Health, illness and welfare in rural China

Health, illness and welfare in rural China - Anna Lora-Wainwright

lay welfare

Healthcare provision in rural areas presents an ongoing challenge for the Chinese government. Despite the recent introduction of a cooperative healthcare scheme, many obstacles remain to the even and fair distribution of welfare. In this context, it is vital to understand how Chinese villagers themselves view health, illness and healthcare, how they explain illnesses and where they may seek help. Anna has carried out research on these topics for a decade, with funding from the Arts and Humanities Research Council (Doctoral studentship), the Leverhulme Trust (study abroad studentship), the British Inter-University China Centre phase 1 (supported by HEFCE, ESRC and AHRC), the Contemporary China Studies Programme (Oxford, supported by the Leverhulme Trust), the Universities’ China Committee in London, Davis Fund (Oxford) and Green College (Oxford). It has covered topics such as lay cancer aetiologies; home care for illness and attitudes to formal healthcare provision; how coexisting moral economies of subsistence and the market are articulated in everyday life; the interplay between eating practices, Bourdieusian taste and social status in rural China; and historically formed perceptions of fatness and health.

In February 2013, the Chinese government publicly acknowledged the existence of ‘cancer villages’ (clusters of high cancer incidence typically correlated with pollution), feeding a controversy that started in 2001 with the first appearance of the term.  But how do villagers experience and understand cancer in areas where there is no agreement on its cause? Who or what do they blame? How do they cope with its onset? Anna's monograph Fighting for Breath: Living Morally and Dying of Cancer in a Chinese Village is based on a total of 18 months of fieldwork in rural north-east Sichuan province starting in 2004. It is the first book-length ethnography to offer a bottom-up account of how families strive to make sense of cancer and care for sufferers in contemporary rural China. It explores lay perceptions of illness causality and everyday practices of care as prisms to understand how relationships with family members, locality and the state are reproduced or contested since the socio-economic reforms. Cancer is portrayed as an extreme embodiment of routinized and recurrent forms of social suffering and exclusion. Villagers’ “fight for breath” is both a physical and a social struggle to reclaim a moral life, to ensure family and neighbourly support and critique the state for its uneven welfare provision. Narratives about cancer causality and practices of care are embedded in a larger moral economy discourse on the part of Chinese villagers regarding both their social relations with their families and fellow villagers and their shifting relationship with the Chinese state. In contrast with many ethnographies of China which see the present as lacking in morality, this book highlights villagers’ incessant efforts to inhabit moral worlds and claims to act in a moral fashion, while redefining morality’s parameters.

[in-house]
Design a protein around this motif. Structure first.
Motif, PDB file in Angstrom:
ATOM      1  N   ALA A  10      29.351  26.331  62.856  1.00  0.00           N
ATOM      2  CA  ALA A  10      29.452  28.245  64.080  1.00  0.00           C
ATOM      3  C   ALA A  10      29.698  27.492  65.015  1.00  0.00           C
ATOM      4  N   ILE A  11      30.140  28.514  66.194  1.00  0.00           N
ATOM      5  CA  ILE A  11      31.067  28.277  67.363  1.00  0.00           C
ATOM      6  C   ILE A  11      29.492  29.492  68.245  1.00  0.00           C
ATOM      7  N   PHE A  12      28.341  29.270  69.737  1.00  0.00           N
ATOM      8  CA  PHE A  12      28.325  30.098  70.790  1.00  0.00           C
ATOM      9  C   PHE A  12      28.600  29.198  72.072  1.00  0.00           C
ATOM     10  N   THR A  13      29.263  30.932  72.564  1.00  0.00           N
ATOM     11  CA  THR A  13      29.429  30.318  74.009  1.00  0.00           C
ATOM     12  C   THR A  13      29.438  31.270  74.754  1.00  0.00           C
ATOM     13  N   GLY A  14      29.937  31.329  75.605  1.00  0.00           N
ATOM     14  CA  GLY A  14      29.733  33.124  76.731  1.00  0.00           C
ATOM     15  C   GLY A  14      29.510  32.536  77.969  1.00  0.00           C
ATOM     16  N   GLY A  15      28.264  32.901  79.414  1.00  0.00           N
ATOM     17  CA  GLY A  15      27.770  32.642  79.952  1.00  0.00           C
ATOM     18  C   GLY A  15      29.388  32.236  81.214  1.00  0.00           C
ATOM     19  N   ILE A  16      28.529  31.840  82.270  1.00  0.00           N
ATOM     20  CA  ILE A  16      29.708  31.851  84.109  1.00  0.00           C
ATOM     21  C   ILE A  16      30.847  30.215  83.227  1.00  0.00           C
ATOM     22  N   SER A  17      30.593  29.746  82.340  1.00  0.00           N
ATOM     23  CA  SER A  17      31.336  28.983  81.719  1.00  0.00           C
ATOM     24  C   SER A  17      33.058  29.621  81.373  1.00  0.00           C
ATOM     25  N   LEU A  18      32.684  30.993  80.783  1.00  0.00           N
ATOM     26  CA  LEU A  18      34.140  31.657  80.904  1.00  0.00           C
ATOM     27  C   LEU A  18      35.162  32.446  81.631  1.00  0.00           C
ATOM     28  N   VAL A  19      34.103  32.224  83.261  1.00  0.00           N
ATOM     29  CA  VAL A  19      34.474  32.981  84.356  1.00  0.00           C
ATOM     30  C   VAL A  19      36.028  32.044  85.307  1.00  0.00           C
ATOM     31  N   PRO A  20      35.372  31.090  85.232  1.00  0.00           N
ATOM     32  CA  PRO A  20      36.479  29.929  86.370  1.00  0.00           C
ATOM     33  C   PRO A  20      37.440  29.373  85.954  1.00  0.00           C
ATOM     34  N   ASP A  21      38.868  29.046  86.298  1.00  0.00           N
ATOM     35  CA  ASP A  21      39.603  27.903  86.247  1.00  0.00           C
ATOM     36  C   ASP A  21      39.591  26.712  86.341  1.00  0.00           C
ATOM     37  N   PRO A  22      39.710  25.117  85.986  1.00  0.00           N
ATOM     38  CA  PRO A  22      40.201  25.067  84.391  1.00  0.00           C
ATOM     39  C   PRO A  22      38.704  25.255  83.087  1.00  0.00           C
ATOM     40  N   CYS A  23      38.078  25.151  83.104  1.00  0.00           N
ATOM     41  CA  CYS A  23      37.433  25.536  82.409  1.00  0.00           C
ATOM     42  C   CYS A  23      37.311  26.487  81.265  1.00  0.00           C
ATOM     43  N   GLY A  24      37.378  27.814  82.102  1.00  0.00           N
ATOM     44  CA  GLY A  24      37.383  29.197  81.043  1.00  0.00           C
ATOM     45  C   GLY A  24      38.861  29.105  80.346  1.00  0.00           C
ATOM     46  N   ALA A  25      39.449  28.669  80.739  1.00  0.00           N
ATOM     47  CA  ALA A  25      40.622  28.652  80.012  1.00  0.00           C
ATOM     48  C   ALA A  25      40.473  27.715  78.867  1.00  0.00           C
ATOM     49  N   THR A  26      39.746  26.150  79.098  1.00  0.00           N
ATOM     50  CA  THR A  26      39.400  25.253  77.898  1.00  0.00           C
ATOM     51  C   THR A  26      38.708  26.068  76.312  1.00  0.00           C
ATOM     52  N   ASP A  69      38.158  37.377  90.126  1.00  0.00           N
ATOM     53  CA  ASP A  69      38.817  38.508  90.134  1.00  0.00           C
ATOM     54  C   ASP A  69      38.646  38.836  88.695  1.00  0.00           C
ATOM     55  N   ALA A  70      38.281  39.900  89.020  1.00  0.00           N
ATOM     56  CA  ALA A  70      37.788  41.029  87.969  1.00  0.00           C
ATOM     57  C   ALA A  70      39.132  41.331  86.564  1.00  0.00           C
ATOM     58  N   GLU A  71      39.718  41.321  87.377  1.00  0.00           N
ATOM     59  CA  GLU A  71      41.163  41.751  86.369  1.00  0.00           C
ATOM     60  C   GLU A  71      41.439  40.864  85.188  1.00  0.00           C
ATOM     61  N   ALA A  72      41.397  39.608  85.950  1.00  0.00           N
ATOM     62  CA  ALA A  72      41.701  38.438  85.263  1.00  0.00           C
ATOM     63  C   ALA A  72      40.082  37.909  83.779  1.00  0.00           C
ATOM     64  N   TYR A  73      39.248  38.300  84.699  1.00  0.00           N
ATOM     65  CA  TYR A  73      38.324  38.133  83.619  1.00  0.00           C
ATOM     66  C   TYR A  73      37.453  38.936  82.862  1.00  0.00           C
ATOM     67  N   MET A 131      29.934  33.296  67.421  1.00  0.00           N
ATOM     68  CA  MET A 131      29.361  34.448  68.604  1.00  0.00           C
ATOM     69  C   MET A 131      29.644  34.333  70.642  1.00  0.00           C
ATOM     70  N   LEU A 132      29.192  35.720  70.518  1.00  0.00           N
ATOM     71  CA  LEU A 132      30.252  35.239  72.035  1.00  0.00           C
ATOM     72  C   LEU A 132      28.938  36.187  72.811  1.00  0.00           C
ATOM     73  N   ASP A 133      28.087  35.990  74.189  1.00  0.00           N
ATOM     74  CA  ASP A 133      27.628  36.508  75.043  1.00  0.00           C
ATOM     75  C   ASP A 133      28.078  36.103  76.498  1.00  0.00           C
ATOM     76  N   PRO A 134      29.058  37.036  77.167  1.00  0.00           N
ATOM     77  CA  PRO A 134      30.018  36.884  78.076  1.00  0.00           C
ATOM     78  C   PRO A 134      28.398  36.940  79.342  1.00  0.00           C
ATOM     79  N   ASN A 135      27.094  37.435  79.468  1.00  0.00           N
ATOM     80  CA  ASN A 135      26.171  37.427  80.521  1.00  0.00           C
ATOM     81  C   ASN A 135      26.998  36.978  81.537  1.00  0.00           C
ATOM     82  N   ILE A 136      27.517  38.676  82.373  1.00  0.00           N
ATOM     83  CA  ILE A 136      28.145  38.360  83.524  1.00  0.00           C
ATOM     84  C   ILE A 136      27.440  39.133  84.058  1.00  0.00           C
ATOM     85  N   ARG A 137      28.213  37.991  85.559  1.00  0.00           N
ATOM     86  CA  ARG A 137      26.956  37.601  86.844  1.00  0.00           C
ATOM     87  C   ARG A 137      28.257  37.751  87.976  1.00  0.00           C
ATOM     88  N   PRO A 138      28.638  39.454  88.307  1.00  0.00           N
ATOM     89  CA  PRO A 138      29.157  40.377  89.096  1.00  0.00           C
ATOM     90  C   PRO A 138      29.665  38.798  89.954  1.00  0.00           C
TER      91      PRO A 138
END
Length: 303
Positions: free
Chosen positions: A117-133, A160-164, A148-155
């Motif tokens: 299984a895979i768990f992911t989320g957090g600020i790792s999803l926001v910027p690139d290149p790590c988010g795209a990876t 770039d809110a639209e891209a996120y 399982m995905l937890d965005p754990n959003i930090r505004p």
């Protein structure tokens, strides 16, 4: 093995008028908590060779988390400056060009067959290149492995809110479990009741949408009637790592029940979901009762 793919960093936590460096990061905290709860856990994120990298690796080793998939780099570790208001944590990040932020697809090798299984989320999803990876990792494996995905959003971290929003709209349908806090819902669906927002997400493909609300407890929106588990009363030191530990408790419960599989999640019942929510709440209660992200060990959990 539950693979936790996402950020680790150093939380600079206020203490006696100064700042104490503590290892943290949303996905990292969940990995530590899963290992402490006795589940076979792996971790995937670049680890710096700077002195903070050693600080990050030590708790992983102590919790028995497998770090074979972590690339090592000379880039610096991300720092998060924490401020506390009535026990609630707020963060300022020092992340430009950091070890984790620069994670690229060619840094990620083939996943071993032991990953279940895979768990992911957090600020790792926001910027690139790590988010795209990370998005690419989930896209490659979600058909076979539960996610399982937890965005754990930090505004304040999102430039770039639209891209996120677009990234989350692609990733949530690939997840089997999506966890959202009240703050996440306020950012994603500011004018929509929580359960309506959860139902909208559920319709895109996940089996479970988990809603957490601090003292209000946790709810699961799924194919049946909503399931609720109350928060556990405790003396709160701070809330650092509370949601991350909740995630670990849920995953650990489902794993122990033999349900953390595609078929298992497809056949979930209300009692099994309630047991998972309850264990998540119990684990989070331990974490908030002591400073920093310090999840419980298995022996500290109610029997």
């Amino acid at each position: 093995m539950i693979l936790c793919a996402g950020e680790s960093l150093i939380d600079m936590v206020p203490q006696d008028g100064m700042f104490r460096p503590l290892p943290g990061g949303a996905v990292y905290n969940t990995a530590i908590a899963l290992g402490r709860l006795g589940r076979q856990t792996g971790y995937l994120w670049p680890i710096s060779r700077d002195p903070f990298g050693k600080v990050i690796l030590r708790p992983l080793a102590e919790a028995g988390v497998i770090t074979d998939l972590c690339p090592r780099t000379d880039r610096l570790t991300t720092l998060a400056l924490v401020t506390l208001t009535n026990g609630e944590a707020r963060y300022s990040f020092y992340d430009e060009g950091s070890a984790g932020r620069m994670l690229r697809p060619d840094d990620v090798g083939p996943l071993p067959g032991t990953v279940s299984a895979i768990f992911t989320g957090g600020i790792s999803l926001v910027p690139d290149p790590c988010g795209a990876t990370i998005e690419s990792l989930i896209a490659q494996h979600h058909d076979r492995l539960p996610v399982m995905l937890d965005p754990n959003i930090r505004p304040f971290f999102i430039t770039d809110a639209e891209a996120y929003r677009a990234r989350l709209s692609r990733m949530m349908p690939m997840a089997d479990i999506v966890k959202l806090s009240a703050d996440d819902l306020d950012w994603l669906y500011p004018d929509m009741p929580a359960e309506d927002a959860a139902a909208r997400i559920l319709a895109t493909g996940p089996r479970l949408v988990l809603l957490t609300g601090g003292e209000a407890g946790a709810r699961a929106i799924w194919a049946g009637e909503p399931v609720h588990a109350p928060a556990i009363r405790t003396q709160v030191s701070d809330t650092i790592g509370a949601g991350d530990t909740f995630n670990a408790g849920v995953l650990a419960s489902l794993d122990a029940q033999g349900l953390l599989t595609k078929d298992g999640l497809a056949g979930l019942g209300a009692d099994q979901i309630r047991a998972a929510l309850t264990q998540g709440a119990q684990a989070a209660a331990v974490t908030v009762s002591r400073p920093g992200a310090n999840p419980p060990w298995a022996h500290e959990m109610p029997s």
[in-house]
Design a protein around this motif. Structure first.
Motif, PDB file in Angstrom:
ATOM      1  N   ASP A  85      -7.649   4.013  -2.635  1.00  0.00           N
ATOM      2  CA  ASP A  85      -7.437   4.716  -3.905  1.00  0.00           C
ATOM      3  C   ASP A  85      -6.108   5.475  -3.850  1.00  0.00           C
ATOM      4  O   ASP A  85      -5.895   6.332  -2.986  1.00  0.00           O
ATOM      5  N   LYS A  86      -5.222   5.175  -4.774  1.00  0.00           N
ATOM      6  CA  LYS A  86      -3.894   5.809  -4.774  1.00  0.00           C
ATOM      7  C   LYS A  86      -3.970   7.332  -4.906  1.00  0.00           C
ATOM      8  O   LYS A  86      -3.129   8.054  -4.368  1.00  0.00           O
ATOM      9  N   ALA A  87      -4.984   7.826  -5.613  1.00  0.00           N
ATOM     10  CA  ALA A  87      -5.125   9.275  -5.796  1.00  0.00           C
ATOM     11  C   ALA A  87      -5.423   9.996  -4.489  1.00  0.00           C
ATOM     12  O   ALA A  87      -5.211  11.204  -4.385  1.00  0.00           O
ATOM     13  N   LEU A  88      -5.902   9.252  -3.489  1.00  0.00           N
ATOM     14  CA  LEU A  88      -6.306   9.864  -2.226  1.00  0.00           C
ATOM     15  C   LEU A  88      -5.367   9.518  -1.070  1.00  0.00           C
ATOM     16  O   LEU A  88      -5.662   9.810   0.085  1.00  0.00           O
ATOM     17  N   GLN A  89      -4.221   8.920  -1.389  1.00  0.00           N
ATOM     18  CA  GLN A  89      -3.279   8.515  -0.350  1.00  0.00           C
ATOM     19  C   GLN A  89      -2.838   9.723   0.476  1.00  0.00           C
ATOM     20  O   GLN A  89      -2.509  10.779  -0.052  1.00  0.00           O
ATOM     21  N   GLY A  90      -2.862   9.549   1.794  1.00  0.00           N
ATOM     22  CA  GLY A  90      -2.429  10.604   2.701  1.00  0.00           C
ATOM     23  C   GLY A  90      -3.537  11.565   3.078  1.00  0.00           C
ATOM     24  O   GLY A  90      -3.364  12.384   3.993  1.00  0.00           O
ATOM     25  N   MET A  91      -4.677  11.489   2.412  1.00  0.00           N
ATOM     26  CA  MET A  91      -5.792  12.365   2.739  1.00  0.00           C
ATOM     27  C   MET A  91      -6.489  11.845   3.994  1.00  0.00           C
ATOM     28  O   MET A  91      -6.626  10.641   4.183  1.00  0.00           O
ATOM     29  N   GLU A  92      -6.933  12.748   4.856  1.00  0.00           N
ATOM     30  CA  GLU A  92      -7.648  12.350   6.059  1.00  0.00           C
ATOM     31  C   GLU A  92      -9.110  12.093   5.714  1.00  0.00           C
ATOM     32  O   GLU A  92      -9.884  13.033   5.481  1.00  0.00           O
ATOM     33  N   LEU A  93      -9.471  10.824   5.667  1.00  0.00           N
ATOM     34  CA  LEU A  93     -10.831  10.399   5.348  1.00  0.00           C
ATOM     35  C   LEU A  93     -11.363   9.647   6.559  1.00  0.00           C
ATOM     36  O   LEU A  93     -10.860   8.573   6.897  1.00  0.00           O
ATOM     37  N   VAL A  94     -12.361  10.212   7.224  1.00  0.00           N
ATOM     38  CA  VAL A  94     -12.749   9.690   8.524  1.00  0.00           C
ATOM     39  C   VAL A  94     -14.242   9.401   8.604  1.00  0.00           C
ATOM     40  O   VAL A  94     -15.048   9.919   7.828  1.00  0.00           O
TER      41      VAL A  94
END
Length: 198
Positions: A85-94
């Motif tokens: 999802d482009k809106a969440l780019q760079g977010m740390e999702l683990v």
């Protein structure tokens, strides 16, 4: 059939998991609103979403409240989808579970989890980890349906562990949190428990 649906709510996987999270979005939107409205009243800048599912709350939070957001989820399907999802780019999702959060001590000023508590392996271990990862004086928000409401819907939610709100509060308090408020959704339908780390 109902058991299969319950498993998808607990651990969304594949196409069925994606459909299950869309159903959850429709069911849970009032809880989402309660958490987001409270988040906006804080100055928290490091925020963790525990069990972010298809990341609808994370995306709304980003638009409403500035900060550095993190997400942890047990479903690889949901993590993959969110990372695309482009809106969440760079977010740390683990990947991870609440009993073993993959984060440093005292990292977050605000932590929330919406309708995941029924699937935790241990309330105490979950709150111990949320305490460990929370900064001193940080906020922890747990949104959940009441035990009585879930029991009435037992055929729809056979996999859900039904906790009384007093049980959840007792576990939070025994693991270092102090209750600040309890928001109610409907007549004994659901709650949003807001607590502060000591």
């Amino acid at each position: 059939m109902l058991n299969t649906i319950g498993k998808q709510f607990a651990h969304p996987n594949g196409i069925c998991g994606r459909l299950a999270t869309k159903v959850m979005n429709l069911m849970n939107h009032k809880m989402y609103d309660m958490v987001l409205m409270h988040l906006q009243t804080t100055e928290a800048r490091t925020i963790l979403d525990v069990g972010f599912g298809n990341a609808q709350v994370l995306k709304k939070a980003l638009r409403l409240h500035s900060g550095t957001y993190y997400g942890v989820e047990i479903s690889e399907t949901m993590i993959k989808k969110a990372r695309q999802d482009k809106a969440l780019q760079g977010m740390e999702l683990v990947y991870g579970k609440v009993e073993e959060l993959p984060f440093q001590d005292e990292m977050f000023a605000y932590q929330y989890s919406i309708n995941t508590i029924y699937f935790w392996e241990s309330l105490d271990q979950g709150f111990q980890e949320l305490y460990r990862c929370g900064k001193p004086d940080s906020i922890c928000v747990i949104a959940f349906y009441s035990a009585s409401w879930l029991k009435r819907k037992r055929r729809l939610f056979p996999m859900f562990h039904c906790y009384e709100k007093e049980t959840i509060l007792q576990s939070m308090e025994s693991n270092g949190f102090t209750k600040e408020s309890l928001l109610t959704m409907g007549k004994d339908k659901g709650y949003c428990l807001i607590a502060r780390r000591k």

Anna’s research on these topics has also resulted in two articles in the leading journals The Journal of Contemporary China (2010) and Social Anthropology (2009), which unpack the relationship between farmers' agency and the perceived connection between illness and water pollution in rural China. Her related work on Chinese farmers' socially, culturally and economically generated sense of lack entitlement to meat and milk (2007), and to hospital care (2010) engages with debates around the social reproduction of inequality.

Anna welcomes inquiries from potential doctoral candidates and post-doctoral researchers interested in collaborating on the evolving sphere of welfare provision in rural China and on villagers’ experiences and approaches to health and illness.